Hypothesis
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Hypothesis. Our next hypothesis: After a 2 year hiatus, does resuscitation skill performance and HFHS trained individuals improve to a greater percentage than traditionally trained didactic only individuals following a didactic only refresher if the team is physician led?. Methods. n= 234

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Hypothesis

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Hypothesis

Hypothesis

Our next hypothesis:

After a 2 year hiatus, does resuscitation skill performance and HFHS trained individuals improve to a greater percentage than traditionally trained didactic only individuals following a didactic only refresher if the team is physician led?


Methods

Methods

n= 234

Twenty-six teams of 9

Subjects were selected from students coming in randomly for ACLS Refresher training.

Teams were formed based on their exposure to HFHS or not.


Methods1

Methods

Previous returning students who had obviously been exposed to HFHS were assigned to the HFHS teams.

Subjects who were assigned to the traditional group were based on a review of our records which showed they had not attended any of our courses, not even Health Care Provider CPR with our simulators.


Methods2

Methods

Our database (Training Manager) randomizes the names. We have no control of how the students name appear on the roster or in the order in which they appear. It does not alphabetize. When a course roster is printed, team leaders were selected from the top of the list.


Methods3

Methods

The next step was to find a Respiratory Therapist or Anesthesiologist to fill the Advanced Airway position, and lastly, all nurses filled team member positions, from the top of the list, down.

The investigators were blinded, having no knowledge of which team was being observed.


Methods4

Methods

  • As the subjects arrived they received their team badge and written code room instructions and student survey.

  • Once they were all seated, our administrative assistant would select which team came into the learning lab first.


Methods5

Methods

  • Once assembled, the team received oral instructions which were read from a prepared paper about what the HFHS could do as well as the defibrillator and medications available in the crash cart. Recording sheets and AHA crash cart cards were available for each simulation.


Methods6

Methods

  • Each simulation scenario lasted ten minutes.

  • Each team received the same scenario of a patient in V-fib cardiac arrest.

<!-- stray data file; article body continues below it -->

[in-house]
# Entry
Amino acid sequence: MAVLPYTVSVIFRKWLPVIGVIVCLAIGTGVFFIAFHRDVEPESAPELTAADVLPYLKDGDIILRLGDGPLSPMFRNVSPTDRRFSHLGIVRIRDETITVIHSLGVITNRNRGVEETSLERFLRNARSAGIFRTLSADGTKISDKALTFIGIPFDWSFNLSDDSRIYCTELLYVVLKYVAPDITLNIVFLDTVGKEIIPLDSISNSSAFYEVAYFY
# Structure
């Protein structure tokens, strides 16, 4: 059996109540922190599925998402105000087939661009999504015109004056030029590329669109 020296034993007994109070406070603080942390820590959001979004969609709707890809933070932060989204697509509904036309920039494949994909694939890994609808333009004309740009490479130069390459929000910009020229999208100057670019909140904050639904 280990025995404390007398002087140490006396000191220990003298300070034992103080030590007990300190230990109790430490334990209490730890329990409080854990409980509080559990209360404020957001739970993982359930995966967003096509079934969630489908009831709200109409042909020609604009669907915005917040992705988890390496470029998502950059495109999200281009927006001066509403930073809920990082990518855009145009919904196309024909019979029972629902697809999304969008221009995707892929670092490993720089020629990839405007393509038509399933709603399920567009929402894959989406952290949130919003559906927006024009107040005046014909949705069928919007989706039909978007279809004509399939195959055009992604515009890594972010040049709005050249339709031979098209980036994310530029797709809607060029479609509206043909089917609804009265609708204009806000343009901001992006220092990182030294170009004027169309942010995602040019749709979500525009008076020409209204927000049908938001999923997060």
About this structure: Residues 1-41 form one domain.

Methods7

Methods

3 measurements were taken:

First V-fib resuscitation of the simulator before any training was received.

Second, following a 4 hour lecture covering the AHA Guidelines and practicing High-quality CPR and using an AED


Methods8

Methods

Finally, Last V-fib resuscitation of the training day.


Methods9

Methods

Team leadership and individual skills were evaluated using video tape and SimMan event logs printed for each of the resuscitations.

Time to task completion was marked for each task using the AHA Guideline Model.


Methods10

Methods

  • Start CPR

  • Defib #1

  • CPR

  • Defib #2

  • CPR

  • Epinephrine #1

  • Defib #3

  • CPR

  • Amiodarone

  • Epinephrine #2

  • Defib #4

  • CPR

We constructed an AHA Guidelines model which looked at specific tasks and time to completion.


Results

Results

Poster Presentation RESS 2010

  • The level of compliance of treating a HFHS in V-fib in compliance with the AHA Guidelines following a 2 year hiatus before any training was the same for both groups, less than 30%.


Results1

Results

Following a 4 hour lecture covering the AHA Guidelines and practicing High-quality CPR and using an AED.

The level of compliance of treating a HFHS in V-fib increased to 55% as compared to the traditional trained group which was at 40%.


Results2

Results

Following a 4 hour lecture covering the AHA Guidelines and practicing High-quality CPR and using an AED, and practice codes.

The level of compliance of treating a HFHS in V-fib increased to 75% as compared to the traditional trained group which was at 60%.


Conclusion

Conclusion

  • Following a 2 year hiatus in ACLS training, there appears to be a significant degradation of skills and knowledge to a level that may be insufficient for effective resuscitation, regardless of the training modality.


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